"Let books be your dining table, / And you shall be full of delights. / Let them be your
And you shall sleep restful nights" (St. Ephraim the Syrian).

Monday, November 20, 2017

On the Theological Roots of the Russian Revolution and Communism More Generally

We were fortunate last week to bring to Ft. Wayne a fascinating scholar who teaches just an hour south of us at Ball State University: Sergei Zhuk, whose dual doctorates mark him out as a scholar of both American and Soviet/Russian history of the 20th century.

His talk, on the centenary of the Russian Revolution, was a deeply learned and wide-ranging affair. It was especially noteworthy to me that he began with and spent some time on the deep theological roots of the revolution, and of communism in particular. In doing so, he drew on, inter alia, his 2004 book Russia's Lost Reformation: Peasants, Millennialism, and Radical Sects in Southern Russia and Ukraine, 1830-1917 (Woodrow Wilson Centre Press), 480pp.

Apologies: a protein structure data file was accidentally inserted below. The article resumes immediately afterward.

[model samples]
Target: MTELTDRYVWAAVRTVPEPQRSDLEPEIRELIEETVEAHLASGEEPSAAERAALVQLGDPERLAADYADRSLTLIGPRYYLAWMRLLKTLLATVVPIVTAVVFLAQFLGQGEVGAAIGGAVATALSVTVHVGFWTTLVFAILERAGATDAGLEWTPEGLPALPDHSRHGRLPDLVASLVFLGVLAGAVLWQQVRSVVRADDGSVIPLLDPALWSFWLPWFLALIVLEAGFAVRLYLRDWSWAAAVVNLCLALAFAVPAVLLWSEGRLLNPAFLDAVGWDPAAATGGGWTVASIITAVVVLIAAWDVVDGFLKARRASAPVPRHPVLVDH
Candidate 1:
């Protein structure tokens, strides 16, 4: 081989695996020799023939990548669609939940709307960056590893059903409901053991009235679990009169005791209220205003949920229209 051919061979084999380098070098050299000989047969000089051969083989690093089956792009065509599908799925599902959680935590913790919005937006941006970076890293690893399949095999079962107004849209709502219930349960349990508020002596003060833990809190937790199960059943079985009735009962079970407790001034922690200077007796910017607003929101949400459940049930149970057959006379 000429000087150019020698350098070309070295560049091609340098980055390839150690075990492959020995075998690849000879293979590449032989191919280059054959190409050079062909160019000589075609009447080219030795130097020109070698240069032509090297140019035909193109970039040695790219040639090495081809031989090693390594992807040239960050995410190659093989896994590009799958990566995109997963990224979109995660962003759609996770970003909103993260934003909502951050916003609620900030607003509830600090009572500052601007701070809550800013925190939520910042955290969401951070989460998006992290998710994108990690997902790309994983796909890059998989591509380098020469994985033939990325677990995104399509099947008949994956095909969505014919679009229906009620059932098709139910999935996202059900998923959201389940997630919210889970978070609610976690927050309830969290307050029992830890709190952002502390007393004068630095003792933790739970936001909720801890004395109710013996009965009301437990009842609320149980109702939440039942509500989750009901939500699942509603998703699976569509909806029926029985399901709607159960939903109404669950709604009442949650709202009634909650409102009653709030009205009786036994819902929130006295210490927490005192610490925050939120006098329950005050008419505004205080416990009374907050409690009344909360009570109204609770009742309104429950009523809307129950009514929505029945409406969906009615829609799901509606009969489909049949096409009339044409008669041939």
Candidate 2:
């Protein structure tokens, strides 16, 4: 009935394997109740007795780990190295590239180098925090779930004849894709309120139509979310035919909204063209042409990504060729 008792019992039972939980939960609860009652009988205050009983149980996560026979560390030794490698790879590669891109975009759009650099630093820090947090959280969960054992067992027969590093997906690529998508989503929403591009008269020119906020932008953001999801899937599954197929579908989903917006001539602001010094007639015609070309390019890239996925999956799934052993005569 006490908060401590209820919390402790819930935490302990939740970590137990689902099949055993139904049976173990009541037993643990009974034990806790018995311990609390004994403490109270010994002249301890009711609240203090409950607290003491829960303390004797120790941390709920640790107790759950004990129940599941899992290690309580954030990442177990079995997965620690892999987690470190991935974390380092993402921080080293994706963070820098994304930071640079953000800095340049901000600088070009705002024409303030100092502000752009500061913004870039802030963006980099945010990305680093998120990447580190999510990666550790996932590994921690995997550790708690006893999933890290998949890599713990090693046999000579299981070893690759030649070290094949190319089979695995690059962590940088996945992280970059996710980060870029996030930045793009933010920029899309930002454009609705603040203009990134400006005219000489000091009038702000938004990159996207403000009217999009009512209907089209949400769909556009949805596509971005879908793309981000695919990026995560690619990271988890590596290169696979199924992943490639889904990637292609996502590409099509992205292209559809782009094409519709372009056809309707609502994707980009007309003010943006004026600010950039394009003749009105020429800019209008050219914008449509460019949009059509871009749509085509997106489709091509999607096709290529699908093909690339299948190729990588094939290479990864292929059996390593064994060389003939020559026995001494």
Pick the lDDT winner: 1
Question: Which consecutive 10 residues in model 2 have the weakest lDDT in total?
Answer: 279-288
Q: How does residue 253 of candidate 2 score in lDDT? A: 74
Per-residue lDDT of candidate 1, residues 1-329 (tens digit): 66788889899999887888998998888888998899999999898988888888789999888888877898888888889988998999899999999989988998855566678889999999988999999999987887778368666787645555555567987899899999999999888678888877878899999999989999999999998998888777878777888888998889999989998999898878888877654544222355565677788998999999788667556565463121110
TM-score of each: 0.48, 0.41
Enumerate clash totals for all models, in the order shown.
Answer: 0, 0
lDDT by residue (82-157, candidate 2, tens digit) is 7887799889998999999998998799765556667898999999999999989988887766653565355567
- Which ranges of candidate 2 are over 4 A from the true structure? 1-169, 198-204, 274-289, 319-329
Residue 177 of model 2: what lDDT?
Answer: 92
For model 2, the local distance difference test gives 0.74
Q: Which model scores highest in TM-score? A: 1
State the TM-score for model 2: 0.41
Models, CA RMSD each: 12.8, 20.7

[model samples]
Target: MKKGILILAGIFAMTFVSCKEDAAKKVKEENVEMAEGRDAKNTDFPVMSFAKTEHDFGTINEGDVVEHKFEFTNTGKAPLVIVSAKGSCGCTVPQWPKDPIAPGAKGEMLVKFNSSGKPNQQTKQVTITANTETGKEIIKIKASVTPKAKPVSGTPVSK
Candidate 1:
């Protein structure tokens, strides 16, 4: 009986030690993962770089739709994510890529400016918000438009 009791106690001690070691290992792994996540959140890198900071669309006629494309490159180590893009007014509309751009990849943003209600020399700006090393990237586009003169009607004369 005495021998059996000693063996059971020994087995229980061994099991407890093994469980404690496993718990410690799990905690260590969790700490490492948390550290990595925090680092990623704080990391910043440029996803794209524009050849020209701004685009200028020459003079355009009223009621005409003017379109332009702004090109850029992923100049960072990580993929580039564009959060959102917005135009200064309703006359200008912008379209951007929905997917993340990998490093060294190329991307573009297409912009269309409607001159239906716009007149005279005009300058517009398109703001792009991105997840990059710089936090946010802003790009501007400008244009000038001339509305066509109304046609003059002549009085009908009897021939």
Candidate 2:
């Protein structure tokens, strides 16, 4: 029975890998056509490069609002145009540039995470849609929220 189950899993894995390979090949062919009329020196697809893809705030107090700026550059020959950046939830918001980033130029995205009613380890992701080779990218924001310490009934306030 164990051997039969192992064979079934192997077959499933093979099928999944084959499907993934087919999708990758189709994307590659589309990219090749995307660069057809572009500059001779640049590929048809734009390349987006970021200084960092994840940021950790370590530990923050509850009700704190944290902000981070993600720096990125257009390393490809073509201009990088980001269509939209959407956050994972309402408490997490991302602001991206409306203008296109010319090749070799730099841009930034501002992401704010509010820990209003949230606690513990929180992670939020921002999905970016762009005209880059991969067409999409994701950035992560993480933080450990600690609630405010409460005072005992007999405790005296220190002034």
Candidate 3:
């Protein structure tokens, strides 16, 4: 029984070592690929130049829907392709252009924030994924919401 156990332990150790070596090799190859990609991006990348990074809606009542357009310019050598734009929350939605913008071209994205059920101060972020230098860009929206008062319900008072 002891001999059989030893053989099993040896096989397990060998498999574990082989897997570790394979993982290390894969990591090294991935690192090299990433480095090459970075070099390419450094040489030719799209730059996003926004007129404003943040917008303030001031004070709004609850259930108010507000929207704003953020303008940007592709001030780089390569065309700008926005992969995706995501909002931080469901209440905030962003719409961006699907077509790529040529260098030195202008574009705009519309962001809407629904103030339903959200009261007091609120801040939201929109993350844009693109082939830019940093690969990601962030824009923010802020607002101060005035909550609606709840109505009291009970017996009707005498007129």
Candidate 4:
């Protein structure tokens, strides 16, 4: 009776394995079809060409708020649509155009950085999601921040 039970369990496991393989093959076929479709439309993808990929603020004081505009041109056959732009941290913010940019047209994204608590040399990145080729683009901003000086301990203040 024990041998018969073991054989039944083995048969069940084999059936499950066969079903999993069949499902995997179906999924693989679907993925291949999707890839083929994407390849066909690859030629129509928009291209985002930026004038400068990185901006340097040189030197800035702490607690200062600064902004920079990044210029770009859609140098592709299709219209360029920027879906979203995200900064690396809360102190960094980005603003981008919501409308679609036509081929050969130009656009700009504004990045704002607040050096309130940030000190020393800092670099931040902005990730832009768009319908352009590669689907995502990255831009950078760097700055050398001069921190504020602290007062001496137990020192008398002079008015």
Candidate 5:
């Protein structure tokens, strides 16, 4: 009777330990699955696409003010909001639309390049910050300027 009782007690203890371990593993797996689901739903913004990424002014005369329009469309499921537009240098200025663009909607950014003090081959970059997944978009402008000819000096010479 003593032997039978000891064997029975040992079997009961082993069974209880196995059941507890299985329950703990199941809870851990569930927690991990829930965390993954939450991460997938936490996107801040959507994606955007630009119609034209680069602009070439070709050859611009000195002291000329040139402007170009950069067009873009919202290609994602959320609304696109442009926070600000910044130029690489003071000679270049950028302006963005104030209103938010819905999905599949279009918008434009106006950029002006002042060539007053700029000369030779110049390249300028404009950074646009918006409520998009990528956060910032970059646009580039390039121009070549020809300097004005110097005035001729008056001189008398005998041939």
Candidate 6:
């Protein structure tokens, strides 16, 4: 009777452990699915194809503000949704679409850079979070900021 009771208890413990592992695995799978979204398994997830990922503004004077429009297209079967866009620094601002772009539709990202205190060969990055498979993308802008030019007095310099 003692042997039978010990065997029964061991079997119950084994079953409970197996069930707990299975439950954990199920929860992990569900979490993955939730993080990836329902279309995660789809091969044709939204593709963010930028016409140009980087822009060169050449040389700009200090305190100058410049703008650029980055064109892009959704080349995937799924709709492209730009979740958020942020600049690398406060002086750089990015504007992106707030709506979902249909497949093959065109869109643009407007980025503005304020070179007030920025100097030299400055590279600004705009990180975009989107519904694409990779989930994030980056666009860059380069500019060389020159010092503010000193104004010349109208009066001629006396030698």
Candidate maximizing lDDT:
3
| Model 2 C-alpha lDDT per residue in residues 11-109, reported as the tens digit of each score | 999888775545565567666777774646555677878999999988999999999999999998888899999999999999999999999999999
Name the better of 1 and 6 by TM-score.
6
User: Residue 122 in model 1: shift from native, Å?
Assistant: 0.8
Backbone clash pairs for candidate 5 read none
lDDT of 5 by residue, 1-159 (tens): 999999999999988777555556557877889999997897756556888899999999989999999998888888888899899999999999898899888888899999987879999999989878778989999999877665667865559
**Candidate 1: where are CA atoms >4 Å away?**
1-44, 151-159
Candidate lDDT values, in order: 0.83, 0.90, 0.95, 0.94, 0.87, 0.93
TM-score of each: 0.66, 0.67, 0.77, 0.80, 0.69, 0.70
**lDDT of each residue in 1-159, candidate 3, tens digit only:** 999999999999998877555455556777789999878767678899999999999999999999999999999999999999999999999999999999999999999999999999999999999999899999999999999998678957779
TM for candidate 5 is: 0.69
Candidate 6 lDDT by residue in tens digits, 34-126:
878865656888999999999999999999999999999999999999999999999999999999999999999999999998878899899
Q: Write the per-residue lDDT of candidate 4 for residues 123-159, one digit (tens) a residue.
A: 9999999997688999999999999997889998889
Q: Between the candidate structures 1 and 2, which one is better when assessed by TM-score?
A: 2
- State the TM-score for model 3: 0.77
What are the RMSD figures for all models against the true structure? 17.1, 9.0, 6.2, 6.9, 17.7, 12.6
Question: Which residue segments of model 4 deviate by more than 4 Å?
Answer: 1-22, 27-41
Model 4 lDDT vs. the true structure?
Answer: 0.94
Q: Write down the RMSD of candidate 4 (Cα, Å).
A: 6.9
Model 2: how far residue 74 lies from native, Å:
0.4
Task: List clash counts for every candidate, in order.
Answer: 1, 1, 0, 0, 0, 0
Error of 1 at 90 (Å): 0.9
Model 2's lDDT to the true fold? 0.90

The theological roots of communism and the revolution are also treated in this new essay by Eugene McCarraher, who is always worth reading. When and if his much-promised and much-delayed book The Enchantments of Mammon: Capitalism and the American Moral Imagination is published I'm quite sure it will be worth reading.

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